So now that we know that there are a fair number of people who have found the time and opportunities to give of themselves in some regard despite living in an environment that actively attempts to prevent it, the question arises as to how many others, if given the chance, would do the same? It is a common enough stereotype of the poor starving artist having to work at a crummy and menial job that drains him of his energy, health, and sense of self worth. Granted, this is far from true of all artists, but how many of us feel as though we would love to be doing something else if only we didn't have to spend so much time and energy earning a living? Very few people are currently working in their “dream job,” or even in a field that interests them. When asked why they don't pursue that field, the most common answer you would likely find is: “but I have to earn a living/enough money first.” There are also other factors that prevent this as well, most prominently the ever chaotic and fickle market. Some jobs simply are not profitable, or even entire fields. The arts is one that often falls under this category.
Now ask these people if they would pursue their dream job/field if they were given for free all the education they needed for it, and then every opportunity to achieve in it, and likely many people would jump at the chance. Generally, the only people that wouldn't would fall into three groups. 1) Those who don't know what fields are available, and have thus never found something that really interests them. 2) Those who because of low self-esteem do not believe that they are worthy of any sort of achievement, or even choice. 3) People who have learned that the best way to earn a living is through “socially unacceptable” behaviour, i.e. crime. Each of these three categories are problems that can be solved, for the most part, but that we will get to later.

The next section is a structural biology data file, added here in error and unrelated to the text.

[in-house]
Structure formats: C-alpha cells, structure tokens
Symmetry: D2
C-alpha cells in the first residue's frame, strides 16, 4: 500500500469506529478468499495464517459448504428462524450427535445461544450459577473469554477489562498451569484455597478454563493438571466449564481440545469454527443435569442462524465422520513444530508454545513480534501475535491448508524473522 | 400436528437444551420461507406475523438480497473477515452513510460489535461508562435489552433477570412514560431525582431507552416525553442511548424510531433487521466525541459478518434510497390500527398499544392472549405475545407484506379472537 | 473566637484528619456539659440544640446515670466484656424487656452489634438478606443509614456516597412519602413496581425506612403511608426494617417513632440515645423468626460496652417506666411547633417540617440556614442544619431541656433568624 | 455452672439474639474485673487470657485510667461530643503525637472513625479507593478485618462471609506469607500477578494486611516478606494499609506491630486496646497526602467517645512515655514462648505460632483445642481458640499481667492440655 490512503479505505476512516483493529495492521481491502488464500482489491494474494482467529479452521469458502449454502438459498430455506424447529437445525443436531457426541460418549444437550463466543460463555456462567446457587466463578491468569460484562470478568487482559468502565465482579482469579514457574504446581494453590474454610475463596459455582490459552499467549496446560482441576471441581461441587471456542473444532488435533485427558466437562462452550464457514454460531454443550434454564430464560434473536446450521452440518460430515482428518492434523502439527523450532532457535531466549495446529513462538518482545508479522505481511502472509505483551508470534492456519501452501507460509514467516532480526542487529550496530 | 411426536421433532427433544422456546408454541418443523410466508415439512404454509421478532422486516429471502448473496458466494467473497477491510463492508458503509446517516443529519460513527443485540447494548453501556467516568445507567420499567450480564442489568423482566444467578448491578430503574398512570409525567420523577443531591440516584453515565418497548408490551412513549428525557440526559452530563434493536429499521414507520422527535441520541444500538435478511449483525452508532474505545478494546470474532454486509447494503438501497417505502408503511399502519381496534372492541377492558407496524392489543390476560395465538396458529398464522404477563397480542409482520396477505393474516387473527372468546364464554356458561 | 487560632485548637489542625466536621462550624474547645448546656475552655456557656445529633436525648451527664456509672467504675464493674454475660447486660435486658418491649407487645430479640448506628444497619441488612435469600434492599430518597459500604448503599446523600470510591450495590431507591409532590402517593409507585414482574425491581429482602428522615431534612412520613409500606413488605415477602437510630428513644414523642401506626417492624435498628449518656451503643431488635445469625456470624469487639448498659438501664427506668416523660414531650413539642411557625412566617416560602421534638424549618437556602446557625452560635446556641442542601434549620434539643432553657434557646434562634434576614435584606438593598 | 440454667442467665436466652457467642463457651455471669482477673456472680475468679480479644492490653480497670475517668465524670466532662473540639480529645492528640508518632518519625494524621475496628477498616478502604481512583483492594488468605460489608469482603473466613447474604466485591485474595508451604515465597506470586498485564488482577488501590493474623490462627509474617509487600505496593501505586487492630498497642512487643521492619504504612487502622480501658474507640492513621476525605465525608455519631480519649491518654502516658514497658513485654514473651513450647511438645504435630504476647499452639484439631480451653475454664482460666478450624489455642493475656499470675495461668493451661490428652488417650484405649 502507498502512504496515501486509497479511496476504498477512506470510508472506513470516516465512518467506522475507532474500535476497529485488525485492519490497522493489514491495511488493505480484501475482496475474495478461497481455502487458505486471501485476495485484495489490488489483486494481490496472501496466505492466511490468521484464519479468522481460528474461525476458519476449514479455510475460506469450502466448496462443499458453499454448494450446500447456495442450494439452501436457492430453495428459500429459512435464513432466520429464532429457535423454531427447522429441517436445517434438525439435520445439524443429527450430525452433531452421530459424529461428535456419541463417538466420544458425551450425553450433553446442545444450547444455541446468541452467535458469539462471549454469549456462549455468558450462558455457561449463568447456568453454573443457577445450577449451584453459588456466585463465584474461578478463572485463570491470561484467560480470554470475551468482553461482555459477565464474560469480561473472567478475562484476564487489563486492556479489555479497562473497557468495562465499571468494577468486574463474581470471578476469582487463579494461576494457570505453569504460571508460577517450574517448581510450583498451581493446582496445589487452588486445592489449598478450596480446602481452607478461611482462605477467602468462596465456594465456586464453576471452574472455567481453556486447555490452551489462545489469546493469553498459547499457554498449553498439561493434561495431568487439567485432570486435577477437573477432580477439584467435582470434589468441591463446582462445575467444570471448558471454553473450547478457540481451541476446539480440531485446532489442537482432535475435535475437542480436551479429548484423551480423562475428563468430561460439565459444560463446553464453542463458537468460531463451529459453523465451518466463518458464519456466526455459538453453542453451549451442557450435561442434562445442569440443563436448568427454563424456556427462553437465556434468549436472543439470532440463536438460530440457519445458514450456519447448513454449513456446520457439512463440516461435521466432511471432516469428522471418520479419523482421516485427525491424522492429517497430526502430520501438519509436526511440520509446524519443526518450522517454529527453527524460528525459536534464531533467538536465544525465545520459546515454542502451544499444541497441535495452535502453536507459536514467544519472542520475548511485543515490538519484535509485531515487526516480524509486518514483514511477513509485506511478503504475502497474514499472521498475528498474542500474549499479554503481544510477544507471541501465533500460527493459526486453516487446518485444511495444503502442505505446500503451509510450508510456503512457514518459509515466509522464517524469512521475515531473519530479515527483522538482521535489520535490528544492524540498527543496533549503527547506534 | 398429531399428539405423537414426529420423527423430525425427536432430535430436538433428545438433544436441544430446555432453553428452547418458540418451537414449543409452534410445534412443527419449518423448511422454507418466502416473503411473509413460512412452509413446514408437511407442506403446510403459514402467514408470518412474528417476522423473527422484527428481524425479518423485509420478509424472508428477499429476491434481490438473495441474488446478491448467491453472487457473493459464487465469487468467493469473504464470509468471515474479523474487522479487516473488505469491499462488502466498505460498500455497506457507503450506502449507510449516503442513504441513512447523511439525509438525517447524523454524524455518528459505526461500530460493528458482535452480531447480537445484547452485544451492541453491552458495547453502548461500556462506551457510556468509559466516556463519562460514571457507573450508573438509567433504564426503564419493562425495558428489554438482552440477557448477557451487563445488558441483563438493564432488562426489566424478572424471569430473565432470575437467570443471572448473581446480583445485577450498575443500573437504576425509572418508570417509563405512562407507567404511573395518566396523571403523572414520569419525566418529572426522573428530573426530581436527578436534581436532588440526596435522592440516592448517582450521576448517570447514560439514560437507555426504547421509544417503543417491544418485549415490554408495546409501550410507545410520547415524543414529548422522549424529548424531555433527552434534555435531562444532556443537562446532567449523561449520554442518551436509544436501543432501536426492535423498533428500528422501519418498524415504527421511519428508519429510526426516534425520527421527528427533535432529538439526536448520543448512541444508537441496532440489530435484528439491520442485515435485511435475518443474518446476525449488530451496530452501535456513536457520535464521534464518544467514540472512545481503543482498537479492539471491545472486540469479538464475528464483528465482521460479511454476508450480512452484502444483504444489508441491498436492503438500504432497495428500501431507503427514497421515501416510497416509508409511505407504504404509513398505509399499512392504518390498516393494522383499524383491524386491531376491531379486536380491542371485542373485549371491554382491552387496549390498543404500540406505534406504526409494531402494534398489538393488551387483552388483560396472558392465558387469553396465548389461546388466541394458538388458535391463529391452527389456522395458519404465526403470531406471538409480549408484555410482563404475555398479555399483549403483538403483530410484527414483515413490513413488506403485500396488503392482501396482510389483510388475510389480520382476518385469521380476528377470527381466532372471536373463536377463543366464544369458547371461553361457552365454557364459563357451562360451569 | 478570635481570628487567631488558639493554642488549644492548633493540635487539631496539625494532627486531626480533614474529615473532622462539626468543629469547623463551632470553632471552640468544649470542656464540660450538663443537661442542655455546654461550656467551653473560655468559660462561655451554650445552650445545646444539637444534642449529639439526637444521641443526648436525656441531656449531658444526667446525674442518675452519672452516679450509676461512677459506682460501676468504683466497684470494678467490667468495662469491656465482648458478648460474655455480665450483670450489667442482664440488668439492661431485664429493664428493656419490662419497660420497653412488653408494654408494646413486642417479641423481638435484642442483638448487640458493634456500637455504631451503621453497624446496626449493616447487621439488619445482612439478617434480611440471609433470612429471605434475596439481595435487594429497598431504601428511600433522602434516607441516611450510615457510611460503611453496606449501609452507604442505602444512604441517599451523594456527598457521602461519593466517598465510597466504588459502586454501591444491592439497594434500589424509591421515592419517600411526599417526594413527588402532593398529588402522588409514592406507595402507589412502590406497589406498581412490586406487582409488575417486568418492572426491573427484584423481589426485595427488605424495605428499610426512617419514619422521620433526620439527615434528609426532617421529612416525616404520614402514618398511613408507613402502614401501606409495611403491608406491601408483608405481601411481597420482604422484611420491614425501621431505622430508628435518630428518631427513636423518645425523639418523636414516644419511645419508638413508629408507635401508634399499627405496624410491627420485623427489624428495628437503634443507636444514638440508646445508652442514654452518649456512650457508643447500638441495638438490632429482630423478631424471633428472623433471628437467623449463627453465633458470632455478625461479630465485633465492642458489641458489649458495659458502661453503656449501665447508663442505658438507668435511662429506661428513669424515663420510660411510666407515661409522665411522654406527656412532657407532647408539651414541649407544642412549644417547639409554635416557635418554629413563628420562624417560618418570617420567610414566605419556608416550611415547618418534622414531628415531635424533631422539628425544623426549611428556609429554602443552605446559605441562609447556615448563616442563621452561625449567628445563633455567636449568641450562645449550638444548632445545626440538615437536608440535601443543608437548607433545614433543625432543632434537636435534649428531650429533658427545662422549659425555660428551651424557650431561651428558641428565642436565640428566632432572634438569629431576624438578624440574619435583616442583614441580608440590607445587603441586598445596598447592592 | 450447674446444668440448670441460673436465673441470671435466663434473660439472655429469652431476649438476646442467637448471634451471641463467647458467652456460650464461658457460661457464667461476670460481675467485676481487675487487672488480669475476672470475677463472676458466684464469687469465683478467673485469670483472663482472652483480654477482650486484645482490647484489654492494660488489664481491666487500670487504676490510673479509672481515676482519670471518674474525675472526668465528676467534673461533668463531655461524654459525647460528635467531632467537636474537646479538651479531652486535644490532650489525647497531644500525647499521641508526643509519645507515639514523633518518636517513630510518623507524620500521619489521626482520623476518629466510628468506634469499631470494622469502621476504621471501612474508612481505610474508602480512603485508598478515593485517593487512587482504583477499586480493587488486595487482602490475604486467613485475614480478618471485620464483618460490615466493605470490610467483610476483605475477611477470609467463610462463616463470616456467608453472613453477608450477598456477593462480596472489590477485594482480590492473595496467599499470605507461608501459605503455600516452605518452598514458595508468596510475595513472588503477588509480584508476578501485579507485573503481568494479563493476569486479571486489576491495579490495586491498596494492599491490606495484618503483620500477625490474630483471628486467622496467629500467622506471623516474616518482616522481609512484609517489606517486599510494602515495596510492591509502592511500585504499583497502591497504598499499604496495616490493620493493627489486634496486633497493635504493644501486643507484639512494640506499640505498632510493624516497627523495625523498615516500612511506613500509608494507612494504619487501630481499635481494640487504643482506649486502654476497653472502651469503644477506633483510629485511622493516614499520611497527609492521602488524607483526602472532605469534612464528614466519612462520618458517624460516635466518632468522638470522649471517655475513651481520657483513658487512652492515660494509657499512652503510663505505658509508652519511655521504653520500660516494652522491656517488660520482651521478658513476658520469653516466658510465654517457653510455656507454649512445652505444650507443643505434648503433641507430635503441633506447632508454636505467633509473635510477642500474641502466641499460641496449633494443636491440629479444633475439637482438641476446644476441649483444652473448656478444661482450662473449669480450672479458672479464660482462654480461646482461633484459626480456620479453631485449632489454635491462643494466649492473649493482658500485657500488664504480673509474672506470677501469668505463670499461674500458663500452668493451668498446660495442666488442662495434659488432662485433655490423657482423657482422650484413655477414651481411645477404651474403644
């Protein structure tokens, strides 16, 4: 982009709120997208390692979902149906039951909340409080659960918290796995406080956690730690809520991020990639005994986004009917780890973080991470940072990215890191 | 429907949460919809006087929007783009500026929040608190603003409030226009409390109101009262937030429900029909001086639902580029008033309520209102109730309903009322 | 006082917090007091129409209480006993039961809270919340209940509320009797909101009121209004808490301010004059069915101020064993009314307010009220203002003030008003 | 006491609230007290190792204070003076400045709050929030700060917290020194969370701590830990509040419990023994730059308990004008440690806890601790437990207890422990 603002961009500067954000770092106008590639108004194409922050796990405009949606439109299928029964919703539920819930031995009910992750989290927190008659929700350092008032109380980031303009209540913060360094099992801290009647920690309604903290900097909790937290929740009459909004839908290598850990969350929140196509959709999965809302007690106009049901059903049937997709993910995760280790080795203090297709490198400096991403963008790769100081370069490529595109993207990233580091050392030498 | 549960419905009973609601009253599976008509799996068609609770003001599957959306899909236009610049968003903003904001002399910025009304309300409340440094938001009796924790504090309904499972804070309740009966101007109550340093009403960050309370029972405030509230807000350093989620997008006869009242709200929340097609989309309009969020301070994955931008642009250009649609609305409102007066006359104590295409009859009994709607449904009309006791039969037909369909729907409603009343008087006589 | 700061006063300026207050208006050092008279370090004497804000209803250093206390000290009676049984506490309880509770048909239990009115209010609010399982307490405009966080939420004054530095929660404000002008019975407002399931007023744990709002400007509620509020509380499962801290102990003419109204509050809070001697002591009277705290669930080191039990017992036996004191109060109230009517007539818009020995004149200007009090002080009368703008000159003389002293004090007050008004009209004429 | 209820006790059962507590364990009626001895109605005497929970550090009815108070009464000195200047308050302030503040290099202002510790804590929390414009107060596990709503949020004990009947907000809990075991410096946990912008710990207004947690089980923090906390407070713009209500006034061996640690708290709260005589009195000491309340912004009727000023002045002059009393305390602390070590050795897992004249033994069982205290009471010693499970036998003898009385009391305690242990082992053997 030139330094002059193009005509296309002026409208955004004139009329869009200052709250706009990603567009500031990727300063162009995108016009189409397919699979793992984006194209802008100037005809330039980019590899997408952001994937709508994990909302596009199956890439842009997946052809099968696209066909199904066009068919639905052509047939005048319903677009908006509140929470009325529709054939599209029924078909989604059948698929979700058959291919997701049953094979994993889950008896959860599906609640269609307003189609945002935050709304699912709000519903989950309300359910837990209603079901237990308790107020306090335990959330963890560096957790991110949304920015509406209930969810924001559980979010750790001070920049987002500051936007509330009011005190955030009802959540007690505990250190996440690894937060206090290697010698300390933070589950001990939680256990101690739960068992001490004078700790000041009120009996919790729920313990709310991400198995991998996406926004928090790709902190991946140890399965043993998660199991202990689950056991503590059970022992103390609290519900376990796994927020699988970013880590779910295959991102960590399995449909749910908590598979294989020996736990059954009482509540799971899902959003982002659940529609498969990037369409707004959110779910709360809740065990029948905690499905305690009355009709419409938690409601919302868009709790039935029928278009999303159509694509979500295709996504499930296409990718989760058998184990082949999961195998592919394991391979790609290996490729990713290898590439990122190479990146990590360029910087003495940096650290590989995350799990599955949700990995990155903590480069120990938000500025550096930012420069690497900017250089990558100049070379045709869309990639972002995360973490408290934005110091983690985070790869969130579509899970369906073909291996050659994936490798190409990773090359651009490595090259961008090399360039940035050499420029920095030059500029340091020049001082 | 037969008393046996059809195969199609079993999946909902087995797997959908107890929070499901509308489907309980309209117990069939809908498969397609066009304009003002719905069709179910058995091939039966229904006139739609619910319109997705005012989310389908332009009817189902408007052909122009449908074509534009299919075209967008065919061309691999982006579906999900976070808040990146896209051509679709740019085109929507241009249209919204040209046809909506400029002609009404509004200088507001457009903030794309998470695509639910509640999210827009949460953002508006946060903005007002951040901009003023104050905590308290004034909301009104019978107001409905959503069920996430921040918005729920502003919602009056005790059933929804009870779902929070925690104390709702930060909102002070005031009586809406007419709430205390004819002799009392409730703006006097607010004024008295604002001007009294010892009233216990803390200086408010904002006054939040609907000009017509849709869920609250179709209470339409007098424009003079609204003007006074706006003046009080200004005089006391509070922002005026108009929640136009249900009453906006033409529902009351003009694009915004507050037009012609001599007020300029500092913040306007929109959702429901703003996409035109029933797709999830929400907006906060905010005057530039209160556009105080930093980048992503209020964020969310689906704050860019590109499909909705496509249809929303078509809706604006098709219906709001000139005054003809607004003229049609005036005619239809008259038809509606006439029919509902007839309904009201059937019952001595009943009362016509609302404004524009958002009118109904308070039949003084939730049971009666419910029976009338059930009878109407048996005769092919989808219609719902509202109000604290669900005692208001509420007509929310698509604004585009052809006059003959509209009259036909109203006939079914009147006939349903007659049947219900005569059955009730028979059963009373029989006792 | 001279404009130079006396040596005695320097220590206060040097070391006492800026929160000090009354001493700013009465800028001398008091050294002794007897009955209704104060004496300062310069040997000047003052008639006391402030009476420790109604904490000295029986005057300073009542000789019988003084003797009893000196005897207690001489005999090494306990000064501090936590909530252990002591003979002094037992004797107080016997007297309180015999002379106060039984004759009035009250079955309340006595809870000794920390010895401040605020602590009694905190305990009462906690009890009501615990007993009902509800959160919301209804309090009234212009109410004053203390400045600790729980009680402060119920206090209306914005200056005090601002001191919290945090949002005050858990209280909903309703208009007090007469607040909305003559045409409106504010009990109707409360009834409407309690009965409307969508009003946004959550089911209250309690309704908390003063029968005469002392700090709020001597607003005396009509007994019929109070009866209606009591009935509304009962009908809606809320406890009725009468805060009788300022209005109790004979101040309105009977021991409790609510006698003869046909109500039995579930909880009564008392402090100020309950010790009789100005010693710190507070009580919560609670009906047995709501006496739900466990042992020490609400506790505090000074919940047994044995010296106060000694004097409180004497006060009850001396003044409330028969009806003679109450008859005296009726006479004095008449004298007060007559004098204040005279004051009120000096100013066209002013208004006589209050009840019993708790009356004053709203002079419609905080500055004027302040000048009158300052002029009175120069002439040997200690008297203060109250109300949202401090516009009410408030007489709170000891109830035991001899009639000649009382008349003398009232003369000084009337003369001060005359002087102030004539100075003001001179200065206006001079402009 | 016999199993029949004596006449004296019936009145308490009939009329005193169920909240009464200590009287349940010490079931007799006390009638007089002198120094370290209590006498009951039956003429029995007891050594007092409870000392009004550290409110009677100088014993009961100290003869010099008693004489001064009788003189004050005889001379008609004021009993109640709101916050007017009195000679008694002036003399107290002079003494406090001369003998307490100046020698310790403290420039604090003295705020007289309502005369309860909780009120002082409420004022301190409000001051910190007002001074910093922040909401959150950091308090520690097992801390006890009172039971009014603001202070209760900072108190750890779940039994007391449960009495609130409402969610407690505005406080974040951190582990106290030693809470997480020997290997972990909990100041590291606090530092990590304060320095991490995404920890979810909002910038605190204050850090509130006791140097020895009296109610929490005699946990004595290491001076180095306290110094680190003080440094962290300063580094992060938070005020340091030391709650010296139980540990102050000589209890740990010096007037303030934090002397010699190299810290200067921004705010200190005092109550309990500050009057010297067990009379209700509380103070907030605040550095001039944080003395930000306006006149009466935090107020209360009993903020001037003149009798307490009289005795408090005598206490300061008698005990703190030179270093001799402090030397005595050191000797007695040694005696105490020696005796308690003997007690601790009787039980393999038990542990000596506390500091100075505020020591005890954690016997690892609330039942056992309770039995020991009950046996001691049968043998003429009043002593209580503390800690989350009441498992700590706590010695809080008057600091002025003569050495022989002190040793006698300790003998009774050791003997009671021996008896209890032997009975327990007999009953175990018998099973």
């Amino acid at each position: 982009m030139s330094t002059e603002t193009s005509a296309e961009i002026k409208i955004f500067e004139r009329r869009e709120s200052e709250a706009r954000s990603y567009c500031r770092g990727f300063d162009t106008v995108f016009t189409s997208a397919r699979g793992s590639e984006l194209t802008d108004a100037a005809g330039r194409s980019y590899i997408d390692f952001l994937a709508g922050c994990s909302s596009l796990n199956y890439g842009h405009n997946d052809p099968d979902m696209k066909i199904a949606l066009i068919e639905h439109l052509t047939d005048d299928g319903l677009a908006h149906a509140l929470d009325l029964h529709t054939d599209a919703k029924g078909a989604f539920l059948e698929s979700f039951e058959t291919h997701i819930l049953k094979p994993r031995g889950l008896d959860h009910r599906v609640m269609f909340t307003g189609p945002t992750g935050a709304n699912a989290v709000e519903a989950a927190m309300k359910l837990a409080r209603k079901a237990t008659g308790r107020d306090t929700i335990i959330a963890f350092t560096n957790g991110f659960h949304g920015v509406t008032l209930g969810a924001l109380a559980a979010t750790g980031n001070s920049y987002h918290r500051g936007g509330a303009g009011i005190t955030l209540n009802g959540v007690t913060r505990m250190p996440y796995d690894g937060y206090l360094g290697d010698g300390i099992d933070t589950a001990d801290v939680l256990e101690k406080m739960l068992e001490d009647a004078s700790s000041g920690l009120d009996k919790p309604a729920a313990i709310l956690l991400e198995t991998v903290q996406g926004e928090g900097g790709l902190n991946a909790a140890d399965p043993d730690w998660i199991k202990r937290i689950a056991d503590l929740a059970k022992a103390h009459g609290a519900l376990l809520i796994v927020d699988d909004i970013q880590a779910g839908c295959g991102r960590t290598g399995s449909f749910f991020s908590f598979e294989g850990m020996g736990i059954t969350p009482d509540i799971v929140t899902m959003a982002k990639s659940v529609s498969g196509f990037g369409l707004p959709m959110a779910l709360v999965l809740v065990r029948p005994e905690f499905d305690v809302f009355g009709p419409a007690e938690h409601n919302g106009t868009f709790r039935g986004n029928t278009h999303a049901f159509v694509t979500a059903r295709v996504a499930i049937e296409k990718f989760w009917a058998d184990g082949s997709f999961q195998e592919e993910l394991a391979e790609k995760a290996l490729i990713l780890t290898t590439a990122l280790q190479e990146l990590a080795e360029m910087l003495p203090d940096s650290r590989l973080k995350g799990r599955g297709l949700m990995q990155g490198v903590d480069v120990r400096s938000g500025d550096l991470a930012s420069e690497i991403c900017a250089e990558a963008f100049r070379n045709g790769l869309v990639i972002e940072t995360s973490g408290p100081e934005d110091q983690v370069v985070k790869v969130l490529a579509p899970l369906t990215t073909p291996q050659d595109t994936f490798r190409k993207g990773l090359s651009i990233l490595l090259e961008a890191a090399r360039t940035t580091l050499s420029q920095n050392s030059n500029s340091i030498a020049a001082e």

Let us now look back at incentives. The failure on the part of the USSR and western social programs to motivate people indeed did provide a lack of incentive through their guaranteed incomes for people to work. The reason for this is because for the most part, the work that they were either assigned or given a choice of was, frankly, unappealing. Given a choice between destitution and a handy construction job, most people would take the latter. However, not many people find a lot of personal fulfilment in such work, and after a while the reasons to perform any quality of work become strictly external, i.e. fear of punishment or loss of job. However, even the latter motivator is removed when one guarantees the job, and gives birth to the phrase: “What are they going to do, fire me?” Now imagine for a moment what would happen if these people were allowed to attend school again to pursue any career they chose, be it arts, sciences, industry, or services. Do you think that their behaviour might change? Out of all the many groups we have discussed so far, including the artists, programmers, volunteers, etc., how many of them would jump at the chance to do this rather than remain at some menial labour or retail job?
Now finally let us look at how the different conditions in a Technate would change the behaviour of people using all the factors just mentioned, in much the same manner as lead does once heated to a high temperature.
With all the barriers of scarcity removed in a Technate, the quality of education would be unsurpassed. Every single citizen would receive the best quality education, teachers, and materials from day one, and all for free. Only the latest and most successful techniques in instruction would be used, and would be used equally in every school. They would be assessed at regular intervals, starting in early childhood, to determine each individual's strengths and weaknesses. They would be shown their strengths, how to take advantage of them, and where such strengths could be applied best. They would be shown techniques for overcoming their weaknesses, or working around them. Such information is available to us now today, but it is made scarce, available only to those who can afford it, and scattered, so that no one institution would be able to use them all. Thus the majority of our schools and universities often use outdated teaching methods, either due to lack of knowledge of anything better, or more often, insufficient funds to acquire individuals trained in these techniques, and the materials to support them.